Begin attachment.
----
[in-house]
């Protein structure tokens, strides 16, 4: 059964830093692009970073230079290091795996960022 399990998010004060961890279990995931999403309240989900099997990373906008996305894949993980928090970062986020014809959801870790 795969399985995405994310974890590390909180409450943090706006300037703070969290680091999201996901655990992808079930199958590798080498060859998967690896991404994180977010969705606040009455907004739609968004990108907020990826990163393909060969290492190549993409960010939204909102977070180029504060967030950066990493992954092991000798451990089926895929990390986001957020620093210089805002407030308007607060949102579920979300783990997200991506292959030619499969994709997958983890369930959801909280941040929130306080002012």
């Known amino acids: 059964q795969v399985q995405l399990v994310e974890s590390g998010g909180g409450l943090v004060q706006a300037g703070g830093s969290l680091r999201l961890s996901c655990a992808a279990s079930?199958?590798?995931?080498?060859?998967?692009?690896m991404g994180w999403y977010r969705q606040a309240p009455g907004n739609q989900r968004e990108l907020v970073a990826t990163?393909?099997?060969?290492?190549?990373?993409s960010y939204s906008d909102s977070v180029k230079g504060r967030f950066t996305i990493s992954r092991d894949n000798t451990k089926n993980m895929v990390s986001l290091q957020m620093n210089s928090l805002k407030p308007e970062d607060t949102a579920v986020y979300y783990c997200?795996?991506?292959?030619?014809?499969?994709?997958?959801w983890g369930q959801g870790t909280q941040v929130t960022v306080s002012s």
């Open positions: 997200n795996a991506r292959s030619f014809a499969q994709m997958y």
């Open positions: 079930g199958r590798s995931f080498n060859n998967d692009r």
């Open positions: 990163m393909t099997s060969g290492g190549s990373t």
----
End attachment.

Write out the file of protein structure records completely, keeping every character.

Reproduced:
[in-house]
């Protein structure tokens, strides 16, 4: 059964830093692009970073230079290091795996960022 399990998010004060961890279990995931999403309240989900099997990373906008996305894949993980928090970062986020014809959801870790 795969399985995405994310974890590390909180409450943090706006300037703070969290680091999201996901655990992808079930199958590798080498060859998967690896991404994180977010969705606040009455907004739609968004990108907020990826990163393909060969290492190549993409960010939204909102977070180029504060967030950066990493992954092991000798451990089926895929990390986001957020620093210089805002407030308007607060949102579920979300783990997200991506292959030619499969994709997958983890369930959801909280941040929130306080002012």
């Known amino acids: 059964q795969v399985q995405l399990v994310e974890s590390g998010g909180g409450l943090v004060q706006a300037g703070g830093s969290l680091r999201l961890s996901c655990a992808a279990s079930?199958?590798?995931?080498?060859?998967?692009?690896m991404g994180w999403y977010r969705q606040a309240p009455g907004n739609q989900r968004e990108l907020v970073a990826t990163?393909?099997?060969?290492?190549?990373?993409s960010y939204s906008d909102s977070v180029k230079g504060r967030f950066t996305i990493s992954r092991d894949n000798t451990k089926n993980m895929v990390s986001l290091q957020m620093n210089s928090l805002k407030p308007e970062d607060t949102a579920v986020y979300y783990c997200?795996?991506?292959?030619?014809?499969?994709?997958?959801w983890g369930q959801g870790t909280q941040v929130t960022v306080s002012s």
């Open positions: 997200n795996a991506r292959s030619f014809a499969q994709m997958y």
């Open positions: 079930g199958r590798s995931f080498n060859n998967d692009r």
């Open positions: 990163m393909t099997s060969g290492g190549s990373t």